When you are around players better than you, it helps, of course. At the beginning of my career, the fact that someone like him was ahead of me in the ranking, it was both great and complicated. I achieved a lot of things, but at the same time, on hard court, I was seeing that he was much better than me and that I had a lot of progress to make. So yes, in a way, having players like him, like Novak [Djokovic], helped me.
But on the other hand, I think that all my life, I've always been humble enough to know that I still had things to improve. And I had the right people by my side to tell me things face to face.

 


You played a double match at the Laver Cup. Does this inspire you to repeat the experience on the tour next season?
I don’t know, I cannot guarantee it, it's hard to project at this point, we haven’t talked about it yet. Being on the same side of the net and playing in the same team was a fantastic experience. For me, these are unforgettable moments and I think for him too. In terms of character and team spirit, our pairing was excellent.
But at no time have I "analysed" him or perceived him as a rival. I saw him just as a colleague, a teammate, I didn’t analyse him at all! The feeling was inevitably more special because it was him and because we lived so much together on the tour but I was just focused on victory, nothing else.

You keep on saying that he is "the best": if you had to borrow a quality, what would it be?
[Without hesitation] The serve. I would pinch his serve, more than his elegance. He plays very aesthetically of course, but I have other assets. In a way, I'm probably more powerful, I can be a little more spectacular in the sense that I sometimes hit winners in positions more difficult than him but of course, he is super-elegant, I’ve never seen anyone play tennis as elegantly as he does.

Your uncle and coach, Toni, said recently that he can see you breaking his record of 19 Grand Slam. Do you think you can?
Honestly, I don’t think much about it. If it happens? Then it will be fantastic. If it doesn’t? I am already more than satisfied by all that I have been able to live since the beginning of my career. You can always feel frustrated that someone has accomplished more than you, but that's not my case.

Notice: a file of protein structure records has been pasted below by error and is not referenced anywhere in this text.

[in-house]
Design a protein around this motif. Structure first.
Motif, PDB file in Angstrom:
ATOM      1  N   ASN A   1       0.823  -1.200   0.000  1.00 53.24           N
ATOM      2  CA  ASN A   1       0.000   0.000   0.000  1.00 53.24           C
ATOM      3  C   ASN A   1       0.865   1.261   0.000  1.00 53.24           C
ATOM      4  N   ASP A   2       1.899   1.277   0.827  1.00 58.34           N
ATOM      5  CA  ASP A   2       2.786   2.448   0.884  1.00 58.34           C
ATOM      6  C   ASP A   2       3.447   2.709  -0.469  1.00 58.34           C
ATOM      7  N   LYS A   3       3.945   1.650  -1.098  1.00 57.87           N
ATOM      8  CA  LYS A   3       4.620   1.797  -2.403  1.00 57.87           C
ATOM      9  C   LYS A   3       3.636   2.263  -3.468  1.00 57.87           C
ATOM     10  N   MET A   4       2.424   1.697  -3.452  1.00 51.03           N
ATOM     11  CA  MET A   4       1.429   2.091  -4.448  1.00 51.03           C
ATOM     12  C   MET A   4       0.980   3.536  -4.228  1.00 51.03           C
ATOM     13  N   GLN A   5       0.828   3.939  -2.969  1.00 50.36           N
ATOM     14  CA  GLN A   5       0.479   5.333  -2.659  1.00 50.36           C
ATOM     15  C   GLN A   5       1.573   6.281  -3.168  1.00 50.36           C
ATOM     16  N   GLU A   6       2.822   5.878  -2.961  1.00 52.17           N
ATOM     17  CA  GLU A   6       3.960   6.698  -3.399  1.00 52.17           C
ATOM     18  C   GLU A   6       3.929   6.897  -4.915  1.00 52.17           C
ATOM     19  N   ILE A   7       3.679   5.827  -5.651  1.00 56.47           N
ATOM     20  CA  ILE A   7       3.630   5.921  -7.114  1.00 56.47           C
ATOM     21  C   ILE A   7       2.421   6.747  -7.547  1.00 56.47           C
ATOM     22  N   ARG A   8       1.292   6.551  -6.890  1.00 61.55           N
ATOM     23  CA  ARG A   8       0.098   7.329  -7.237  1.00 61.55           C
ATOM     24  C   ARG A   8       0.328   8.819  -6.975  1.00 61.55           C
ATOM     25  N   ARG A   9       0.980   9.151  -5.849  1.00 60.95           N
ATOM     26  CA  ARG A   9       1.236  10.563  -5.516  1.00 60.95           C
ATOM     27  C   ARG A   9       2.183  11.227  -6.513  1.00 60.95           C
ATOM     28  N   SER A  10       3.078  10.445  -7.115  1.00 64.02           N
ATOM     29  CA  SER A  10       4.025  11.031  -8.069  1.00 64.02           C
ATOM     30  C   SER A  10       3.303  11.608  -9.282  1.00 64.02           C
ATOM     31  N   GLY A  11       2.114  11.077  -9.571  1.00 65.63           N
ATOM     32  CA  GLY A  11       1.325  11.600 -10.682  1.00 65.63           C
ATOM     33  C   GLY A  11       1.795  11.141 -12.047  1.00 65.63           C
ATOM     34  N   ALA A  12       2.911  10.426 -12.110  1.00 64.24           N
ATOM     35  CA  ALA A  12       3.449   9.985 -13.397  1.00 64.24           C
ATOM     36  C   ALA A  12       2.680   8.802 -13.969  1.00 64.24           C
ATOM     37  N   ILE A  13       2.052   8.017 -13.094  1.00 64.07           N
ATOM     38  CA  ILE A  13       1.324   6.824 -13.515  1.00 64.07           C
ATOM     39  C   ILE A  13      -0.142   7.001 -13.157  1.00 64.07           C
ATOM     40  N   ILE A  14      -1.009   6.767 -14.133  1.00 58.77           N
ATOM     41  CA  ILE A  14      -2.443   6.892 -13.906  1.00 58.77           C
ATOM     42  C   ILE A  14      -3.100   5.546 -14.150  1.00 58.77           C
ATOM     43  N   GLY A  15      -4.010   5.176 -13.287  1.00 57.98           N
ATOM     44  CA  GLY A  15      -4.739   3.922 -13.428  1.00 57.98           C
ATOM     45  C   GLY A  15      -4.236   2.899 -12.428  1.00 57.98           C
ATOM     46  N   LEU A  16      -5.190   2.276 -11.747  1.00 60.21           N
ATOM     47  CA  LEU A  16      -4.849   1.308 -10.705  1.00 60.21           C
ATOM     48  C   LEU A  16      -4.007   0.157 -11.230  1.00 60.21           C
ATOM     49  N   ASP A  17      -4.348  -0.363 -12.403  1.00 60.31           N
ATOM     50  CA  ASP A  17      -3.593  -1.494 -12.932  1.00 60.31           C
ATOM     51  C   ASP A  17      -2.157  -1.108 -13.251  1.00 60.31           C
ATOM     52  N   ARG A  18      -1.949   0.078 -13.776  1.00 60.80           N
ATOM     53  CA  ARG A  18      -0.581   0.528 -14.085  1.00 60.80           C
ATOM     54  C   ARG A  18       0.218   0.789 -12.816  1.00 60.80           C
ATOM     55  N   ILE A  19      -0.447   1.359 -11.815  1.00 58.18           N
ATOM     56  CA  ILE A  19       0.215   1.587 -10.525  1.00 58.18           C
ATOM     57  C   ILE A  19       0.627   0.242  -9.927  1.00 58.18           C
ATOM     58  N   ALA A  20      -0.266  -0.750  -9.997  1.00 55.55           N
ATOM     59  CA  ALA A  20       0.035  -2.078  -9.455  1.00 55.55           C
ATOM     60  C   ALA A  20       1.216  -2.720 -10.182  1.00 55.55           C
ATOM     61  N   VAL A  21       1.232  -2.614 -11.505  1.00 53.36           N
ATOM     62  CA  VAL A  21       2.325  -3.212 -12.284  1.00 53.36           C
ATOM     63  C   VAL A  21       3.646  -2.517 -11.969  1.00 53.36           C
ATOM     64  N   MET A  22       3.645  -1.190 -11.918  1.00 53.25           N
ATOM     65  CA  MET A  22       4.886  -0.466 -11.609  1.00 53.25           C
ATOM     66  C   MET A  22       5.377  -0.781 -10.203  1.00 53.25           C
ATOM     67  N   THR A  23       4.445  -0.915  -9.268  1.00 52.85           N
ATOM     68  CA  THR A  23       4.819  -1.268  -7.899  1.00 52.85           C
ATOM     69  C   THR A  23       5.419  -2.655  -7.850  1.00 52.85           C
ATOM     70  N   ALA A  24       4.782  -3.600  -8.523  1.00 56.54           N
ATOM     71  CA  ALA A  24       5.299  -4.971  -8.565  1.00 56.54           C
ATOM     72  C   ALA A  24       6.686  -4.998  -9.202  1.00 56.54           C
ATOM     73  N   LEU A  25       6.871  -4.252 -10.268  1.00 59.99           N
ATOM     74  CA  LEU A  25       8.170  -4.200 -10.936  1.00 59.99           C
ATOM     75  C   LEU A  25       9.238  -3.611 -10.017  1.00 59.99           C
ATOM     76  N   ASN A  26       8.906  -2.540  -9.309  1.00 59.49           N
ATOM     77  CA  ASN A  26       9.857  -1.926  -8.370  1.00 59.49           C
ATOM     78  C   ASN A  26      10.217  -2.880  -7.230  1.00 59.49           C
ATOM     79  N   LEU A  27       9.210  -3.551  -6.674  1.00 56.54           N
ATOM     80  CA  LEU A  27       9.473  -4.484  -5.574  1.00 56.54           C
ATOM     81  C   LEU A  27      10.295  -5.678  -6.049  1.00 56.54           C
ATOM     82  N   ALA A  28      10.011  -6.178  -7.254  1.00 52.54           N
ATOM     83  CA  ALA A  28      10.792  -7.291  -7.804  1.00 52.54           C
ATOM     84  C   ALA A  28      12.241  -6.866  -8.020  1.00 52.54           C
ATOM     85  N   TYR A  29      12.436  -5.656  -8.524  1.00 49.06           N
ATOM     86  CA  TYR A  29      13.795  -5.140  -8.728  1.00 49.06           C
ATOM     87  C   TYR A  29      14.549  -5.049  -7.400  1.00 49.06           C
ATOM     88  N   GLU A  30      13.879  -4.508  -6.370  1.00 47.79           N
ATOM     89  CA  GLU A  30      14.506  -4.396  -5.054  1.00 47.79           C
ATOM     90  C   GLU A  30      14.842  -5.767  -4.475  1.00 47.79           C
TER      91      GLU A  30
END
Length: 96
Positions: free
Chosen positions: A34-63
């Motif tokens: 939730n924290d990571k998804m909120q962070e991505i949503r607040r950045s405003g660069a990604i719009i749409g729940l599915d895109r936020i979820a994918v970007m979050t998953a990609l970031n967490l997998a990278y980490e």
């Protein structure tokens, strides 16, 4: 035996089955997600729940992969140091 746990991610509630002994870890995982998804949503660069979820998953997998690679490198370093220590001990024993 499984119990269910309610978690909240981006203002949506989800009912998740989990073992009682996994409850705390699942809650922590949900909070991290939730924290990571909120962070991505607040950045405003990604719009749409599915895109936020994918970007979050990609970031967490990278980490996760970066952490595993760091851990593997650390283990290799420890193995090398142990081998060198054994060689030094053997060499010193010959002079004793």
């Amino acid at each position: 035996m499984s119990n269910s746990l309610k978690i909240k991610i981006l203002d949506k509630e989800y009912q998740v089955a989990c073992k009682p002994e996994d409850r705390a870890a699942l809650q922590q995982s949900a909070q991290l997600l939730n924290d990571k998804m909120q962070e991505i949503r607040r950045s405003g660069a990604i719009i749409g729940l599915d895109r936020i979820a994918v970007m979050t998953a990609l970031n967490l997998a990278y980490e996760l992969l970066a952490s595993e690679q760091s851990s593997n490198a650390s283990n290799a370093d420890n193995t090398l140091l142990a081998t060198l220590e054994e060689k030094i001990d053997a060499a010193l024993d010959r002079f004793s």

Chasing this record is not a goal in itself. Of course, I love having records and I would rather have twenty than sixteen. I love competition, but it's useless to have that obsession in mind. To beat this record will be difficult. It's more likely that I cannot do it than the other way around. It will depend a lot on my physical condition, if I can be free from injuries...

He beat you the four times you played this year. You were, until then, his "bête noire (nemesis)". We have the impression that it's the opposite now ...
No, I think I can beat him again. We met only on hard this season, and this surface is more favourable to him. In Australia, it was very very close. In Indian Wells, his level of play was incredible, and in Miami, I had my chances too. But in our last match, in Shanghai, he was really above.
He played aggressively on a surface he likes, maybe on clay he would have been different... But it doesn’t mean that the next time I face him, I will tell myself that I have no chance to beat him... I'm sure I can beat him again, but for that, I'll have to be at my best, especially on hard.

The "modern" game, embodied in particular by the German Alexander Zverev or the Australian Nick Kyrgios, bores you?
Times are changing ... The new generation of players have different personalities from ours, they probably don’t like the sport in the same way as we do and don’t have the same ways of working. But to be honest, I think Kyrgios is a good client for the show. I don’t know if he is an example for children, but for the game, yes, his is spectacular, he has assets that others don’t have.